Documentation support in Vim

Vim is a cool editor for Linux. I will now show you how to create a html documentation of your source code using vim.

The following tip has been suggested in  ILUGC mailing list.

1. Open the source code file using vim. I am using a tcl script file named sample.tcl

$ vim sample.tcl

2. In command mode type the following

:TOhtml

A new buffer will be opened with the html source

Just save and quit

:wq

3. You will find a new html file with the same name of the source code file in the directory where you the latter (in this case it is sample.html)

This is the documented code.

Have a look at it!

To add salt to the delicacy try out the following procedure before you try out the above tip…

Before performing the above conversion, running the following commands in command mode would produce an html file with a black background and lines numbered.

:sy on

:se nu

:se background=dark

Here is how it looks!!

 

 

 

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Easy way to install fonts in Fedora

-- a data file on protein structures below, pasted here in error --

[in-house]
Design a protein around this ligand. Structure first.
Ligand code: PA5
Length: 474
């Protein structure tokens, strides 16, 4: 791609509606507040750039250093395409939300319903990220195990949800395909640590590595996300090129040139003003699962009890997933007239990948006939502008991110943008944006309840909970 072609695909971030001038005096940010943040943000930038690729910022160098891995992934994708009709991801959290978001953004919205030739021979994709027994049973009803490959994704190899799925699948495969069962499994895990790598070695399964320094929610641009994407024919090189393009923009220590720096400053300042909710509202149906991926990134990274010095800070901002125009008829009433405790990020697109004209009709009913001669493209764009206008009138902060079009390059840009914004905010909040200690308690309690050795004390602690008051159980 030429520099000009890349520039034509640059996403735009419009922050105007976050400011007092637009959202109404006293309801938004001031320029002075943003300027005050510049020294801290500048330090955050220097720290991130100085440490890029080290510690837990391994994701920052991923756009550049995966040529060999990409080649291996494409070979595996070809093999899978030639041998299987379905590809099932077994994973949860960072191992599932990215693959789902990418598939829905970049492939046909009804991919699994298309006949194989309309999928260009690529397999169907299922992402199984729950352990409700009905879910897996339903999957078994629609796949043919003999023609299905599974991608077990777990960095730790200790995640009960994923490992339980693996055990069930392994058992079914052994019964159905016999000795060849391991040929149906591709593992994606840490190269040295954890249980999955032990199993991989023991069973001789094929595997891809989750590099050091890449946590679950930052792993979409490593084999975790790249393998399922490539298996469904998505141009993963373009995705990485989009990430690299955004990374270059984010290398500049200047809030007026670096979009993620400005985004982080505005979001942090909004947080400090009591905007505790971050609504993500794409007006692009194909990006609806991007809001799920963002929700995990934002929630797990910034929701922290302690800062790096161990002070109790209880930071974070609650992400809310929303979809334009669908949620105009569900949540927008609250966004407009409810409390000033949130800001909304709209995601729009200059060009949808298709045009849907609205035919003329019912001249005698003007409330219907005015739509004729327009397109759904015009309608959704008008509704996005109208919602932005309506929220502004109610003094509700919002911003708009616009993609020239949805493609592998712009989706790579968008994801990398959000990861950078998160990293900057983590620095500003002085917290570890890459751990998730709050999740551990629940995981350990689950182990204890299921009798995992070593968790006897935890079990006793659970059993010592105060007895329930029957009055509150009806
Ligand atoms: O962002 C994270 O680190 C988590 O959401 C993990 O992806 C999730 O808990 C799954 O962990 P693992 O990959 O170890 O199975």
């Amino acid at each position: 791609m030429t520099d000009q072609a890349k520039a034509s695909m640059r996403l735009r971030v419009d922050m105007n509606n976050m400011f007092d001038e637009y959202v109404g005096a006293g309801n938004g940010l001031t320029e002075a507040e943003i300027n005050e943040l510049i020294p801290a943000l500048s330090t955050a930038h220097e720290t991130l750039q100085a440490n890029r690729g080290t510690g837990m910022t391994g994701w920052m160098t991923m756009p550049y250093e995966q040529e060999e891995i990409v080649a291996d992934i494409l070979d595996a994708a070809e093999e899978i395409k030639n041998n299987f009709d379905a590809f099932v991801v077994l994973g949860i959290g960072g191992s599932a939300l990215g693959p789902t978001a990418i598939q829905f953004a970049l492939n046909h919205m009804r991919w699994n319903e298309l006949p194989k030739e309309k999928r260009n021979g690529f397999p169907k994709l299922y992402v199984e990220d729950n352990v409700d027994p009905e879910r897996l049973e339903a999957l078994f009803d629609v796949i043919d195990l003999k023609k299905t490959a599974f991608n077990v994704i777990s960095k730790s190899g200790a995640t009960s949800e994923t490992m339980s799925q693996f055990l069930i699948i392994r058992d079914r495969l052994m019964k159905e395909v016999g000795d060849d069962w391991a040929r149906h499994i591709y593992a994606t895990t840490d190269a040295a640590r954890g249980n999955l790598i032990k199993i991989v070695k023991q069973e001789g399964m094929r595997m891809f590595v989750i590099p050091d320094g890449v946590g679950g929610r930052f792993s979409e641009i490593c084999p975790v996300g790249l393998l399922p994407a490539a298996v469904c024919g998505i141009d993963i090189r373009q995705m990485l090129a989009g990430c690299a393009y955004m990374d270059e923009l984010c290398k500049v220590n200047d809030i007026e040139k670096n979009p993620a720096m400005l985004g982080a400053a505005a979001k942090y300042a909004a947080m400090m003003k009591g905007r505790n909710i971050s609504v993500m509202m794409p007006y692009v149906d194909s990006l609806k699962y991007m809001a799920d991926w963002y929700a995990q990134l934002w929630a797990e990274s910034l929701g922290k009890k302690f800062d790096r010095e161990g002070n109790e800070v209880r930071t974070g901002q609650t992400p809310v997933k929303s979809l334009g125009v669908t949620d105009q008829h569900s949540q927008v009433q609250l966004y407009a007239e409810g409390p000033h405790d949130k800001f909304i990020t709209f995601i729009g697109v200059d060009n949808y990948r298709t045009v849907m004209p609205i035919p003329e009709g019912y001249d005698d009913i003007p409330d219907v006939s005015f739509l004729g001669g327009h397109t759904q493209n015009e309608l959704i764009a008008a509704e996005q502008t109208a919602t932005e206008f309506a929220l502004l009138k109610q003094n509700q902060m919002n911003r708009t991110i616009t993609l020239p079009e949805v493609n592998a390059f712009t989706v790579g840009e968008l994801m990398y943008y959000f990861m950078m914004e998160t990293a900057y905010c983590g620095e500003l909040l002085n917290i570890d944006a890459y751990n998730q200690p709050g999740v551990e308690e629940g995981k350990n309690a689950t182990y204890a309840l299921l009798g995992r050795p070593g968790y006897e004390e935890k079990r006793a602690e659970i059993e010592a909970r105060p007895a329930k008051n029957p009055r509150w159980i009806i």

This font installation procedure was tested successful in Fedora. As a matter of fact it works fine in all otherLinux distros too 😉

After an unsuccessful desperate attempt to install Microsoft fonts in Fedora i started to think over easier ways of installing other fonts.
I found one well known solution and applied the same  to the Windows fonts (and yes
i am running a dual boot of Win7 and Fedora11).


The trick is as follows:

First, Copy the purchased Windows fonts from your Windows disk onto Fedora. If you choose to install the fonts only for the current user then move the fonts to .fonts directory in the user directory.
Else if you want the fonts to be available to all the users you must move the downloaded fonts to /usr/share/fonts

Moving the fonts to /usr/share/fonts
1. Open
Terminal
2. cd <location where you have placed the font>
example. $ cd Desktop/
3. mv <fontname> /usr/share/fonts/
example. $ mv fertigo.TTF /usr/share/fonts/

4. Log out and then login , open any editor and see the fonts in action.
Enjoy 🙂

Extra info:

  • Have a look at my favourite list of professional fonts <here>

  • Also  note that if you plan to install the fonts only for the current user then move the fonts to .fonts directory in the home folder(View menu —> show hidden files).

If that directory does not  exist then create one yourself.

  • If you have installed the xfs fontserver (it is not installed by default in Fedora 11), then run the following code to reload it:

su -c ‘/sbin/service xfs reload’

or

su -c ‘/etc/init.d/xfs reload’